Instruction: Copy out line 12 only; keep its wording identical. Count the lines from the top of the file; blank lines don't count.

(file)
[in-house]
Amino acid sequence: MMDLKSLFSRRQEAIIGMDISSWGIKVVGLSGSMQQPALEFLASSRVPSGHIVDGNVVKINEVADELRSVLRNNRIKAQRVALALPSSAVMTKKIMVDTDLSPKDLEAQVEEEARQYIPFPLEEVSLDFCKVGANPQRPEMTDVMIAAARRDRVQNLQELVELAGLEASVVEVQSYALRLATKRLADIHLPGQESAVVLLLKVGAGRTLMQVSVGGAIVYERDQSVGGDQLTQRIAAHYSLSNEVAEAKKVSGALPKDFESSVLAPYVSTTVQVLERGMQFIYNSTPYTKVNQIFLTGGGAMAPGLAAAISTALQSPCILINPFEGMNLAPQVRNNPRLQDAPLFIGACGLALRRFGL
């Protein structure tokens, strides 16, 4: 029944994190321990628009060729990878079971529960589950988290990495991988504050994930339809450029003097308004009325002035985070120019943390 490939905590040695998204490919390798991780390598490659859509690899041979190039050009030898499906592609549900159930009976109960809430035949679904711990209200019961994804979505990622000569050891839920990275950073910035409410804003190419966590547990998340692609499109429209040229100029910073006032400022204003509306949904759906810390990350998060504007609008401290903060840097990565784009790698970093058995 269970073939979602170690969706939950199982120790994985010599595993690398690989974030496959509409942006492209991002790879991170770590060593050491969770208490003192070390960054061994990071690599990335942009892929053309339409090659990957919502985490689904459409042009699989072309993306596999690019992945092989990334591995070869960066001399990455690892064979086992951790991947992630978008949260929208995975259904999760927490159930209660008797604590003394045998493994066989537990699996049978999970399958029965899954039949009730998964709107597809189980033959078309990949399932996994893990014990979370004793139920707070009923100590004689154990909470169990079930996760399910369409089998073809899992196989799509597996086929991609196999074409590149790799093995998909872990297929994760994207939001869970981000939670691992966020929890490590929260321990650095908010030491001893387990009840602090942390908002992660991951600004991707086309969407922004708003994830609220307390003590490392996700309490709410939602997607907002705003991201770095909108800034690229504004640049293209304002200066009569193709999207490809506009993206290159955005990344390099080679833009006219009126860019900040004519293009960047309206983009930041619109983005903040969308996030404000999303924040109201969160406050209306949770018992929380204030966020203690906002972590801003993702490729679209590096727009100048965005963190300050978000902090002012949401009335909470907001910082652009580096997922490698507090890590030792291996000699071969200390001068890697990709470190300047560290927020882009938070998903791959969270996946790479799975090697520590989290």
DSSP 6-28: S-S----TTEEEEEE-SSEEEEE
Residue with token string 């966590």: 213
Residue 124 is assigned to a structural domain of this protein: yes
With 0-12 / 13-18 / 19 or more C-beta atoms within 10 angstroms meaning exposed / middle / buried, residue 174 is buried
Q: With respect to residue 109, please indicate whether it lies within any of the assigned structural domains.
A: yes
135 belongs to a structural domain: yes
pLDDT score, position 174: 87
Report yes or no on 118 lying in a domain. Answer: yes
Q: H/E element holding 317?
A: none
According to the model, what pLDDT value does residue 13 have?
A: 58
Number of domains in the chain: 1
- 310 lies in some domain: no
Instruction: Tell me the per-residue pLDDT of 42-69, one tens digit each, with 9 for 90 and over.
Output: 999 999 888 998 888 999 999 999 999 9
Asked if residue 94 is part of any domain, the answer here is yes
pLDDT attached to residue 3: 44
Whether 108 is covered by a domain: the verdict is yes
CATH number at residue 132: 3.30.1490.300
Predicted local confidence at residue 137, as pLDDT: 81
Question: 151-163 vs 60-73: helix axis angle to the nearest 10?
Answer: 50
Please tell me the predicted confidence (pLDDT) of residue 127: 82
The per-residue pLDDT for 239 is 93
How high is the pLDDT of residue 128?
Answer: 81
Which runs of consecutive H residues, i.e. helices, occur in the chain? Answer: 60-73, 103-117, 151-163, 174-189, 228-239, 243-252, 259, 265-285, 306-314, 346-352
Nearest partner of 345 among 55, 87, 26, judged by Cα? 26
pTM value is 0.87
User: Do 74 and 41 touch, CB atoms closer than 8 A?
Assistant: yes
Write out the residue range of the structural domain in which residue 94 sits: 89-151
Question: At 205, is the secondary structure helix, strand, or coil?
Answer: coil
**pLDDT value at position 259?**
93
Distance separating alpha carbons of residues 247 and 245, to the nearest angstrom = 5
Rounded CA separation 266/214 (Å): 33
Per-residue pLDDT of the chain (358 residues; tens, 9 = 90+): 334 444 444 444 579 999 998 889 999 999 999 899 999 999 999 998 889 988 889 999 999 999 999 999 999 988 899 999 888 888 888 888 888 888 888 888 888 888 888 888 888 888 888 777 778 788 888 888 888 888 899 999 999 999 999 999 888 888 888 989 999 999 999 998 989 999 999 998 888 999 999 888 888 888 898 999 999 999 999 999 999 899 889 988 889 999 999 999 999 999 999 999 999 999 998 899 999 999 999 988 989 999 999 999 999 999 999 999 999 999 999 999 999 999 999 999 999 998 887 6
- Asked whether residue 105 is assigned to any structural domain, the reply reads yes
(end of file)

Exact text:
Report yes or no on 118 lying in a domain. Answer: yes